25th Cruise Nite rolls in

Downtown event wears its years well
By: Andrew DiLuccia Journal Motoring Editor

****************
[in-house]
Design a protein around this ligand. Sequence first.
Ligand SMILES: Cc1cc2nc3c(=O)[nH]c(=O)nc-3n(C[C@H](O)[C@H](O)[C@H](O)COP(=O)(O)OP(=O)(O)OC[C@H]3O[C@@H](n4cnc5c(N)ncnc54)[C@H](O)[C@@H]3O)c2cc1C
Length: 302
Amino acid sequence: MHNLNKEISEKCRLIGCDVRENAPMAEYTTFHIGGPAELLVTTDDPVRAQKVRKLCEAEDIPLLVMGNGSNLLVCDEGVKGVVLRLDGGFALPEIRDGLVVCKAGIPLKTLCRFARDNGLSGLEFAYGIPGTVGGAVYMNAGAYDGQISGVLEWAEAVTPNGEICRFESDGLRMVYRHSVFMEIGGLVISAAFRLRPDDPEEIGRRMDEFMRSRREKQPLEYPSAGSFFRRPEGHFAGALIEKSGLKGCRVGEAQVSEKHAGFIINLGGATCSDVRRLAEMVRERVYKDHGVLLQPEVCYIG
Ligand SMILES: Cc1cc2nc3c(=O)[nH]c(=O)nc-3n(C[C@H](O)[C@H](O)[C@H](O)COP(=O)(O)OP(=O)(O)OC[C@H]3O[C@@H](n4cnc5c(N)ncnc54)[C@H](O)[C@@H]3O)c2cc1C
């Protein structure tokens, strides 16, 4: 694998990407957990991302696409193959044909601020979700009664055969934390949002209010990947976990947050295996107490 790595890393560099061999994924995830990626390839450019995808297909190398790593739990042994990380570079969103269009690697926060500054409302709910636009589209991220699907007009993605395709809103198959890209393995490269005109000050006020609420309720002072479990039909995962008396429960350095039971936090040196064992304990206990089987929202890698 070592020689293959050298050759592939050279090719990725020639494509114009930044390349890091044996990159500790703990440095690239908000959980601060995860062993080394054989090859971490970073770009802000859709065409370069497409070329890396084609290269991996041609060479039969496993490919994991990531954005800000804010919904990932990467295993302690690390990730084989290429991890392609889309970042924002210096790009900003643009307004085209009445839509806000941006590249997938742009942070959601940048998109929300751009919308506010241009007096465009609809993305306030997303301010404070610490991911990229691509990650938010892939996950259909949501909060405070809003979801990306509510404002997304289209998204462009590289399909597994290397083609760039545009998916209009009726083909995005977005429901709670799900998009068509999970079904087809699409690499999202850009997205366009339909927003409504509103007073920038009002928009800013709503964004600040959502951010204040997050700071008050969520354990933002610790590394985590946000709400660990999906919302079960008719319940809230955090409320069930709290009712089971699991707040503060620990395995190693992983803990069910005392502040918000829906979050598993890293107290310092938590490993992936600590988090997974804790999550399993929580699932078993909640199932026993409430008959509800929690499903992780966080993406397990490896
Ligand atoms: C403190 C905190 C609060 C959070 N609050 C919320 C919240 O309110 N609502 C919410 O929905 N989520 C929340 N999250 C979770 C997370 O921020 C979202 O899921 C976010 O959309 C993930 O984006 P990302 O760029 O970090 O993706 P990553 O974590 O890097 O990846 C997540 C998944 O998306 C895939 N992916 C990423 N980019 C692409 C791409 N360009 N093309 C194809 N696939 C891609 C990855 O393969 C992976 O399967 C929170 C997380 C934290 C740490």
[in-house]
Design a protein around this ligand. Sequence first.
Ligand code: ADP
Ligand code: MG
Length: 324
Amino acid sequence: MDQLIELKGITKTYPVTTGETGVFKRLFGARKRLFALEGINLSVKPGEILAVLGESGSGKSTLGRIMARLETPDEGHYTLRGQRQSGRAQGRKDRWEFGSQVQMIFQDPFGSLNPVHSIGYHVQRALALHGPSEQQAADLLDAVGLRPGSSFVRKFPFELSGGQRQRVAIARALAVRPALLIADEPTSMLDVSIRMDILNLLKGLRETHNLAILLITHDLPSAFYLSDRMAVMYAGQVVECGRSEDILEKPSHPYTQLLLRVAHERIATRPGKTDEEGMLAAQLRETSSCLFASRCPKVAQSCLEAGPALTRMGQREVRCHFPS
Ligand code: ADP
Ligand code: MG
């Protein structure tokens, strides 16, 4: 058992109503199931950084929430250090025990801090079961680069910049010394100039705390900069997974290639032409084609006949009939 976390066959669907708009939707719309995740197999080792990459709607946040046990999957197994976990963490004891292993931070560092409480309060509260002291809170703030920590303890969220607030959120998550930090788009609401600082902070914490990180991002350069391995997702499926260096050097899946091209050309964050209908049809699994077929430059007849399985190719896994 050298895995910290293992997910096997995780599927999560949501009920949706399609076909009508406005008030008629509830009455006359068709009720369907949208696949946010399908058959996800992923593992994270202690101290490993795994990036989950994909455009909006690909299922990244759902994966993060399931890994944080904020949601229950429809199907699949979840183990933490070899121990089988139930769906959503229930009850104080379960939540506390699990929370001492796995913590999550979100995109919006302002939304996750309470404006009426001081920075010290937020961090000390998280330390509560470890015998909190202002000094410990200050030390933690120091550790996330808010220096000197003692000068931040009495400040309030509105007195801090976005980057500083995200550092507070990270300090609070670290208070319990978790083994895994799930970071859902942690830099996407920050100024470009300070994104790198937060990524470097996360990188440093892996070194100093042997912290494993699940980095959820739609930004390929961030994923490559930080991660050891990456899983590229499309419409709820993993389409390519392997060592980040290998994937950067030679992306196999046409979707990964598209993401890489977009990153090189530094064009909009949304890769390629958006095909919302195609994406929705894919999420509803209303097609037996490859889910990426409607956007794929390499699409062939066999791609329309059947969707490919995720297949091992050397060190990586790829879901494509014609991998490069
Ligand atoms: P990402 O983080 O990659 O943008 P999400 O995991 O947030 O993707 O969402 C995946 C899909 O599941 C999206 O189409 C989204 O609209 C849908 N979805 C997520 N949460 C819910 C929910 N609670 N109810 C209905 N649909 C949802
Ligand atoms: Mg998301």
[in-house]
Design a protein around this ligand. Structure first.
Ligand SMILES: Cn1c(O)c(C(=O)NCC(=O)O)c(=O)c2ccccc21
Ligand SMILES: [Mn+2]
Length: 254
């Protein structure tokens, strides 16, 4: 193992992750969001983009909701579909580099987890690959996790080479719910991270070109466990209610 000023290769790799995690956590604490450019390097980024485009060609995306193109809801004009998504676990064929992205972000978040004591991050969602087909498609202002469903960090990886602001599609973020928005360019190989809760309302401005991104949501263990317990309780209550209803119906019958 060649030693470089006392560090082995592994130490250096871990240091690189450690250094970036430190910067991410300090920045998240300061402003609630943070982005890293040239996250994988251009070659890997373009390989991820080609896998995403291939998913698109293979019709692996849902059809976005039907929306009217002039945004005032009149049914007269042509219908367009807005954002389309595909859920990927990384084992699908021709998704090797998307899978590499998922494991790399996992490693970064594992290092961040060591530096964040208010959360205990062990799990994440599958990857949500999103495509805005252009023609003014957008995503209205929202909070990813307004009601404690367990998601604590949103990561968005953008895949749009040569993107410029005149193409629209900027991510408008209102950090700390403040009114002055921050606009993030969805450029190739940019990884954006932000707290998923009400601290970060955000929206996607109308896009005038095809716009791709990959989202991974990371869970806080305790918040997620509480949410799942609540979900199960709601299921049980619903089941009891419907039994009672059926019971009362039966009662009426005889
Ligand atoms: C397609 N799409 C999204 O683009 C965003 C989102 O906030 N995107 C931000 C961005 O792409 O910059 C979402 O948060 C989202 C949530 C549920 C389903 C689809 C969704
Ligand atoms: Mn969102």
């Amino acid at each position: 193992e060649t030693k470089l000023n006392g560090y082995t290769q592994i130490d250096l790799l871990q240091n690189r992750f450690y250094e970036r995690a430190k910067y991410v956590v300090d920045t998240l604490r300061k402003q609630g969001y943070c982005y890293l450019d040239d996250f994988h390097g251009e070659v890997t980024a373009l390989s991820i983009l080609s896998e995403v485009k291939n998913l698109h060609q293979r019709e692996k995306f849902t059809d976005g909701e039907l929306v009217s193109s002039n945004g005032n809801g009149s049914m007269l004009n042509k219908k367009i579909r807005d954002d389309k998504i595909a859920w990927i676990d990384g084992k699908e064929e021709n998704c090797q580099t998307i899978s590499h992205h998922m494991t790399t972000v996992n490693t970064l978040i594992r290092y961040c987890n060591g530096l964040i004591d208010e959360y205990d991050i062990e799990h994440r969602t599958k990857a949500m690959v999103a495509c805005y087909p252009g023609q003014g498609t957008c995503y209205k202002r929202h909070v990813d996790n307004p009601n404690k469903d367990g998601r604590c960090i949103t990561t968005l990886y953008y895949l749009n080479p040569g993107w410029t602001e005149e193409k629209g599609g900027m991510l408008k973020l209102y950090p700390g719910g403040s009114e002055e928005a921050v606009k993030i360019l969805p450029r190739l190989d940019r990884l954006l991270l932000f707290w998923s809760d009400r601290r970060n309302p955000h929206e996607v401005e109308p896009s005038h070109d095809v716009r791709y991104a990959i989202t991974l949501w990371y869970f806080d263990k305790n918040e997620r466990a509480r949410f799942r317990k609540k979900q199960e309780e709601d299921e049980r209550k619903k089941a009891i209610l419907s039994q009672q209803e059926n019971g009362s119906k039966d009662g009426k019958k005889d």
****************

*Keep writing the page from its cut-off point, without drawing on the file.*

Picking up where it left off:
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When you ask those who were there at the beginning, their answer is a swift “no.” That’s what they say if you ask them if they thought Auburn Cruise Nite would be celebrating 25 years. “I was told five or six years would be a really good run,” said Tom Potts, the man behind bringing Auburn Cruise Nite to Lincoln Way in Downtown Auburn. “I was telling (former Journal Motoring Editor) Chuck Butler the other day, my daughter wasn’t born when Cruise Nite started, and I’m now a grandfather. It kind of throws a whole different perspective on how long 25 years is.” Against the odds, Auburn Cruise Nite continues to draw thousands each spring and summer. And tonight from 5 to 9 — and still free to the public and classic vehicle owners — Cruise Nite will rev into Downtown for the 25th year. The car show, which features as many as 300 classic rides, has its origins at Fosters Freeze on Highway 49 in Auburn, where the idea of showing off classic rides first surfaced in 1984. Back then, the local Chevrolet club gathered at the Fosters Freeze as often as once a week, showing off their classic rides and vehicles in the process of being brought back to their former glory. “We might of had 10 cars that first time, it was mostly guys from the Chevy club that was there,” said Vic Macy, who owns Sierra Cab and served as the DJ at the events held at the Fosters Freeze. “The word kind of got out. At that time we were doing it every week.” Back then some brought their vehicles on trailers, while others drove classics that were everyday drivers. The range of restoration of these vehicles varied widely. Macy remembers seeing one classic car owner bringing her convertible in with lawn chairs for the seats. The show grew at Fosters Freeze, expanding to as many as 50 to 60 cars on a given night. Then Potts, who attended a few of the shows at Fosters Freeze, established the Auburn Cruise Nite event on Lincoln Way in Downtown to be held on Thursday nights. “I was told it would never work,” Potts said. “Wrong night, wrong environment, wrong everything — never going to happen.” That very first Auburn Cruise Nite had just 35 cars and the display route ran from where the Monkey Cat restaurant is now to the current Auburn Promenade. When the show first started out it was a weekly event, which by the third week had more than 125 cars. After the weekly vehicle numbers increased, the show moved to a monthly schedule. “I think it was great that Tom Potts took the initiative to have it in the Downtown area,” Macy said. “I give him a lot of credit for making it what it is. He’s the one who pushed it a lot.” As the show grew in size, so did the support from the community, and in 1988 during Auburn’s 100th year, Cruise Nite was the opening event of the Centennial’s Memorial Day weekend celebration. That Thursday Auburn Cruise Nite had as many as 25,000 spectators jam Lincoln Way, according to Potts. He and his staff began turning vehicles away once they hit the 400-car mark. “That was a phenomenal event — just a phenomenal weekend,” Potts said. Over the years Cruise Nite has done all kinds of promotions to get fans to come Downtown. The street was at one time wired for sound so music could play up and down Lincoln Way. Potts also organized hula-hoop contests, specialty nights featuring service vehicles, motorcycle nights and even had a Cruise Nite Gorilla. During the car show’s 25 years the event saw Potts hand over control to others. The event switched from Thursday to Friday and even charged admission for a while according to Potts. When Potts retired from his Cruise Nite duties, he passed them on to John Knierim and Dick Kiger. Knierim has since stepped down from a leadership role on the Auburn Cruise Nite Committee, but Kiger is heading the show into the 25th, and his final, year. “No, definitely not,” was Kiger’s response to if he thought the event would last this long. “For this to survive this long is more than anything we could have thought of — no way.” In 1999 Kiger and the rest of the Auburn Cruise Nite Committee helped the show remain free once again to spectators and car owners by working in conjunction with Downtown businesses who advertise in a program that allows the event to be free to the public. Many of those original advertisers are still supporting Cruise Nite. As for the reason for the show’s longevity, many say it’s simply the safe family atmosphere that allows for fans from children to adults to mingle — and of course there’s the cars. “It’s a lot of work, but it’s a work of love,” said Auburn Cruise Committee Co-Chair Jack Kenny. “It’s lasted this long because of people’s interest in the cars. They’re always asking, ‘When are the dates?’” The Journal’s Andrew DiLuccia can be reached at, or post a comment at